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  1. Honestly, the worst we've ever had. We're in a financial hole, and are down on assets, the club being in its weakest ever position. He gambled on the Premier League, but did so with the club's future, not his. It's also hard to be angry at the EFL when this is the ultimate outcome, and the entire point of all the rules and regulations is to help prevent these moments. I should add that, to be fair, I've never really been much of a fan of him, and felt that his tenure has been a chaotic mess from top to bottom, best seen through how we've dealt with managers. Let's hope that there is a light at the end of the tunnel to all of this. Ultimately, I think Mel has indeed gotten us out of the Championship, and for a long time. The issue was the direction.
  2. Realistically, if the referee were competent yesterday that would have been a convincing win. Bar a crazy 11 minutes of injury time against Peterborough, there's not a lot else to talk about on this.
  3. What a goal from Lawrence there.
  4. The point is that if you're not vaccinated, it's easier for you to be part of the chain that leads to harm to others. Being vaccinated, hence, reduces everyone else's risk. The same goes for all restrictions, as they are all reducing risk. You need to see it more as reducing risk of transmission, than it being about who specifically did the transmitting. If you are in a car accident, it is only the people in the cars that are injured, but with Covid, it keeps getting passed on; car accidents aren't infectious.
  5. As seen in the pandemic, it goes cases, hospitalisations, deaths. Cases had a bit of a downturn before fully opening up, and are now trending back up. Hospitalisations have flattened slightly, but are looking like climbing again. I hope I'm wrong, but it looks like the cycle is set to repeat. Mark McGowan isn't sold on the idea that NSW will actually keep their end of the bargain and crush the current outbreak. In that scenario, they really can't. Yep. NSW's situation, however, is entirely a result of government incompetence, trying to play politics with a virus, rather than following the lead of the rest of the country. It hurts, but it was entirely avoidable, hence why lockdowns etc tend to be so popular here. It will be interesting to see where this all ends up. The idea that universally there is this eroding of rights though is quite wide of the mark. NSW, which is run very poorly, and the closest aligned with the likes of the current UK government, are the ones doing all the things you're bringing up here though. The irony is they did most of these things to avoid having to do a full lockdown, trying to do a light touch one, then scaring people into cooperating, while having loose rules, LGA specific orders, etc. Organising and promoting illegal gathers, ie conspiring to break the lockdown rules, is illegal. There's always been a lag between cases and deaths, and their cases are climbing again. There are jobs that require vaccination even now in most countries. Seems perfectly reasonable, as long as there are provisions for genuine medical exceptions. It's interesting to suggest that these restrictions are good for governments. There's a reason most countries were super soft about them, and even in countries like Australia the cheapskates like NSW were reluctant to use them. Governments aren't gaining anything from them, they're expensive and tedious to run. I don't see them having any real use for them, at least in their current form, at the end of this. We already give the World enough personal information for far easier means of surveillance and control, if their aim was using such for authoritarianism, they wouldn't need to be using the kinds of systems they have now. There do exist people who can't get vaccines, for for whom they simply aren't effective. For that reason, getting a close to a fully vaccinated population as possible is important. It is interesting seeing people willing to pay for their 'freedom' with other people's lives though.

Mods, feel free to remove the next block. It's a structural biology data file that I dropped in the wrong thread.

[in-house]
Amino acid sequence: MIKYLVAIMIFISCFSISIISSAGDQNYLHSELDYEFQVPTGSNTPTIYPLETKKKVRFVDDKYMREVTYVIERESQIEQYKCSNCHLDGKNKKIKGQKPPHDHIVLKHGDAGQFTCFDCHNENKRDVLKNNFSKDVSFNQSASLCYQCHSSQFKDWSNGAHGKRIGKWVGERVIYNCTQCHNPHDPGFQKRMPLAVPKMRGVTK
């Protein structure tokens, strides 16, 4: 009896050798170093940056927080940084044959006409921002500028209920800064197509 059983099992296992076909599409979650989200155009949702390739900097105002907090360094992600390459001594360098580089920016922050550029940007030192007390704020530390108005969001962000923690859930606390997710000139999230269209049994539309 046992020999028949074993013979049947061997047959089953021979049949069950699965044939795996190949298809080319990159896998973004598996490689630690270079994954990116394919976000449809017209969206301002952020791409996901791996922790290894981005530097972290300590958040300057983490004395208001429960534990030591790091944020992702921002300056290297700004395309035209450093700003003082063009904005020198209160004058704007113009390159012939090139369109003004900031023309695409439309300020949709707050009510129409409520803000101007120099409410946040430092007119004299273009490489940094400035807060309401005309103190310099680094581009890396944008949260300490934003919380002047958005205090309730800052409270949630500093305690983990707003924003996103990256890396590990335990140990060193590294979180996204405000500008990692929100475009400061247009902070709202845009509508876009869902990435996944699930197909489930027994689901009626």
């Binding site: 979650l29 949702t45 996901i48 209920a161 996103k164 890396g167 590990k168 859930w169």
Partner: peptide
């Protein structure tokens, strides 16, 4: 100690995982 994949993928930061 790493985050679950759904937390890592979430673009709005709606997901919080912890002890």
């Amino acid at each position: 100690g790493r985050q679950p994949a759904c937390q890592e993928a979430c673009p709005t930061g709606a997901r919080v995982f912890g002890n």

6. They should be at the moment given the initial mood around opening up, and the messaging around it, but the overall measure of consumer confidence will be what follows this, particularly while hospital beds, etc, are filling again.
  7. The cost was our economy being one of the best performing globally. Bit of a weird article, that seems to lack an understanding for how Australia's political system actually functions. That's not really the topic of this thread though. I do like the idea of vaccine passports being seen as a thin end of the wedge for some kind of attack on democracy, given that vaccine requirements for travel, etc, existed long before the pandemic in many regions, etc.